Thursday, September 16, 2010

Next Generation User Interfaces (From Switches to Augmented Reality)

Its interesting how the computer user interface has evolved over the decades. Here is a very brief history: First there was nothing more then switches and light and you had to enter and read information in binary, this evolved to punch cards and tape, later keyboards and printers, and eventually terminals with keyboard and monitors. For decades, the text user interface was the status-quo.

In the 1960s, Doug Engelbart introduced the concept of the mouse and graphical user interface (GUI). In the 1970s - 1980s, Xerox took the concept and made it a reality. In the 1980s Apple popularize the GUI with the Lisa and Macintosh lines of computers. Then again for decades, the graphical user interface was the status-quo.

In the 1980's Jaron Lanier, introduced the 'virtual reality' (VR) concept. The first generation of this technology was crude by today's standards, but advanced drastically since.  I remember seeing some early VR prototypes of future GUI in the 1990s, and being blown away about the concepts.

In 1993, Apple released an early natural speech recognition feature as part of their OS for the Quadra.  Microsoft first included this feature with their release of the Windows Vista OS.

Touch screens are passe, but when this technology is enhanced by advancements like a 'multi-touch gestures' interface.  Then combined with other technology advancements, you get a GUI that begins to become on-par with some of the user interface concepts introduced in the movie 2002 movie Minority report (excerpt of the scenes I am referring to).  Microsoft now includes a 'multi-touch gestures' interface feature as part of the Windows 7 OS.

In 2006, Nintendo introduced the 3D wireless controllers.  In 2007 Apple introduced the iPhone, and popularize the multi-touch gestures interface for this device.  In 2009, Yelp help popularize the augmented reality concept (computer generated information laid over real world video), by introducing an Easter egg on the iPhone called Monocle.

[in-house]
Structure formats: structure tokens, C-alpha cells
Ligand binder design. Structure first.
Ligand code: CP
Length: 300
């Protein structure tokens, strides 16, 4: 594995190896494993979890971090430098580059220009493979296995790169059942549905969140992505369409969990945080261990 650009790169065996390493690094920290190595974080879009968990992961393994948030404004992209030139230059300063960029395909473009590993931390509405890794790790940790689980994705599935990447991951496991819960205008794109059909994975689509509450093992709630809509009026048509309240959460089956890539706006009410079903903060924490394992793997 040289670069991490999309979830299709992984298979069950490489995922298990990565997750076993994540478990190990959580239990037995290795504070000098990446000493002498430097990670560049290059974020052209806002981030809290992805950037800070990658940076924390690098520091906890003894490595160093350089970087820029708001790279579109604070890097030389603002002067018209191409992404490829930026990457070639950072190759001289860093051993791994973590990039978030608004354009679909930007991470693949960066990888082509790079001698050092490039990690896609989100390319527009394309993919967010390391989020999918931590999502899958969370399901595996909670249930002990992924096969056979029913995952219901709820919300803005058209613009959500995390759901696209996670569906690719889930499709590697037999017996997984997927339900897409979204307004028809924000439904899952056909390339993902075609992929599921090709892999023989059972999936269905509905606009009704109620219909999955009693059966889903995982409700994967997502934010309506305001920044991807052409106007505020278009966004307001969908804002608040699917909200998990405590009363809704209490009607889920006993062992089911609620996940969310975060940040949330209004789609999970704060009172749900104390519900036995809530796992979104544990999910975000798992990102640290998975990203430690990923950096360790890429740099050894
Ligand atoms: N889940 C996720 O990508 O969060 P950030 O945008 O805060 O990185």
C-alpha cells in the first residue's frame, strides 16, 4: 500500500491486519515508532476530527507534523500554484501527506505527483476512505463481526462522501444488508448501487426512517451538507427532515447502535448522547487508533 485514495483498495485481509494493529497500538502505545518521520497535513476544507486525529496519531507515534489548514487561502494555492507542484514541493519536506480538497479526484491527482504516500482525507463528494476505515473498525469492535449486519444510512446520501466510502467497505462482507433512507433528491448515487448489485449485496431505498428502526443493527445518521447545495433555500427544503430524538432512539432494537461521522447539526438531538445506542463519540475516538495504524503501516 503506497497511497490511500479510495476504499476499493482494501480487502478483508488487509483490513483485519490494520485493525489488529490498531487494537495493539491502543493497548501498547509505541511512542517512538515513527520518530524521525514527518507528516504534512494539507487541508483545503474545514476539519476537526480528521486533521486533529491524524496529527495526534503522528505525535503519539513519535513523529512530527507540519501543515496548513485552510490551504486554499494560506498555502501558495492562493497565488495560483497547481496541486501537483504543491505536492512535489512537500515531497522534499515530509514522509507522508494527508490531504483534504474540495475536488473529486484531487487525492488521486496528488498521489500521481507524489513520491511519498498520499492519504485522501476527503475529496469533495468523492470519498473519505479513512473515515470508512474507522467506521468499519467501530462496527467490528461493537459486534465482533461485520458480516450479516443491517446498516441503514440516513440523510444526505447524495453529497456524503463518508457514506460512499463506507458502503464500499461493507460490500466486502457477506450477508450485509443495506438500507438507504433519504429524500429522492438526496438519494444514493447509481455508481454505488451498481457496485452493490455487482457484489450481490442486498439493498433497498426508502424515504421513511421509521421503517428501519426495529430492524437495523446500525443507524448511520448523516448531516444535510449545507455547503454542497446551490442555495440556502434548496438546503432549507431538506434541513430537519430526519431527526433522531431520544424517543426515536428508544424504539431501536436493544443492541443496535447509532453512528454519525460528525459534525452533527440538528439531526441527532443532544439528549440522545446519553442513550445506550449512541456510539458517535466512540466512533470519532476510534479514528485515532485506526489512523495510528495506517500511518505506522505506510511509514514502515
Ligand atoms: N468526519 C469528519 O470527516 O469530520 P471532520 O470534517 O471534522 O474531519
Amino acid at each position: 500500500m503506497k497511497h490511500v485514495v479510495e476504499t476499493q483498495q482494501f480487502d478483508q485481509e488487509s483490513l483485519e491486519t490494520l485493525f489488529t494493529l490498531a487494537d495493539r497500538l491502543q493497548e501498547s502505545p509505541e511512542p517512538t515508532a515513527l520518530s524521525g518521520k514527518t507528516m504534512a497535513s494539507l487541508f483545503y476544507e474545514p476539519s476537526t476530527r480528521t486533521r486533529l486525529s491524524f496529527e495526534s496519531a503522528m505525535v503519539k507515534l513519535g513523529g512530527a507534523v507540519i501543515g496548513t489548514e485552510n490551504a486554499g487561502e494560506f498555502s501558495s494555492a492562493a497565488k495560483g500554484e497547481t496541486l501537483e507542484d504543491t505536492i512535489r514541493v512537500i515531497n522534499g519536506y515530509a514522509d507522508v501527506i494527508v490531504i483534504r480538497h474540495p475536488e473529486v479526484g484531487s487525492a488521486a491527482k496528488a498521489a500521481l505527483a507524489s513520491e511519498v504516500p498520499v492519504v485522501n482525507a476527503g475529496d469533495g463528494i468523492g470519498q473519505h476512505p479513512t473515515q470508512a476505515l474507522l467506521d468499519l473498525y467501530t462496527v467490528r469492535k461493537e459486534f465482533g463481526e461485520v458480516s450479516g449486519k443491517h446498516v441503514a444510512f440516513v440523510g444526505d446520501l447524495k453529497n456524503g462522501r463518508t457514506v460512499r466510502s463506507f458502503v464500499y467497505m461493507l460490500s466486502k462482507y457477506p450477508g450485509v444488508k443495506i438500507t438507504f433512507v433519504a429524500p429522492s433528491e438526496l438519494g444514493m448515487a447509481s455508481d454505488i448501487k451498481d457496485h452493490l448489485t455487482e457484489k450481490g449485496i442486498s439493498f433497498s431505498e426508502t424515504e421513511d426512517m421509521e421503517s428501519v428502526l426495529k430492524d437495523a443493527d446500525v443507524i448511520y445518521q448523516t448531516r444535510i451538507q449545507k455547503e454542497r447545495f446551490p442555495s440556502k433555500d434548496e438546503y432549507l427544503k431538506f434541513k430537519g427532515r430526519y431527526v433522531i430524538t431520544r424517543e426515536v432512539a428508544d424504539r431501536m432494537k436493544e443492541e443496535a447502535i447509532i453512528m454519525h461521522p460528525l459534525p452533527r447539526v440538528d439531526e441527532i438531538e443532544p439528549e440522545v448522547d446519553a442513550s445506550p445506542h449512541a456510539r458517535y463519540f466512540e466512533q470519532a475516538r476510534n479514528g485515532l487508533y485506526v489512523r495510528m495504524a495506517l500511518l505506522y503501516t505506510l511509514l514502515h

In 2009 Microsoft introduced Project Natal, now called 'Kinect' (proof of concept video).  In 2009 at TEDIndia, Pranav Mistry demoed technology concepts from a company called SixthSense, that shows how they are overlaying computer data on the physical world and making it interactive.  In 2010,  Intel is also working on hard on advancing the user interface, see the following article.

From here you begin to see other emerging technologies, like camspace which is a computer vision platform.  Basically it allows you use a web cam, and just about any real world object as a game controller (or input device).


All the technologies I mentioned above might seem little disjointed in how I presented them, although the all share a few things in common.  All of them are popularized concepts based around advancements in user interface technologies.

As mobile devices become more powerful, and get more features (such as the motion sensor and gyroscope already built into the iPhone 4).  I personally believe that software developers will build on these features and concepts, to bring about next generation user interface enhancements that I believe will include location aware social networking concepts (such as Gowalla and foursquare, and now Facebook Places), augmented reality, object and speech recognition.

From a technological standpoint, I don't see developers limited by hardware anymore. I see greatest the limitation, is the imagination needed to integrate all these technologies together into a killer application that gains mass adaption.  Although, with all these advancements comes greater concern about privacy and security.  I hope these issues will be addressed before they become a problem.
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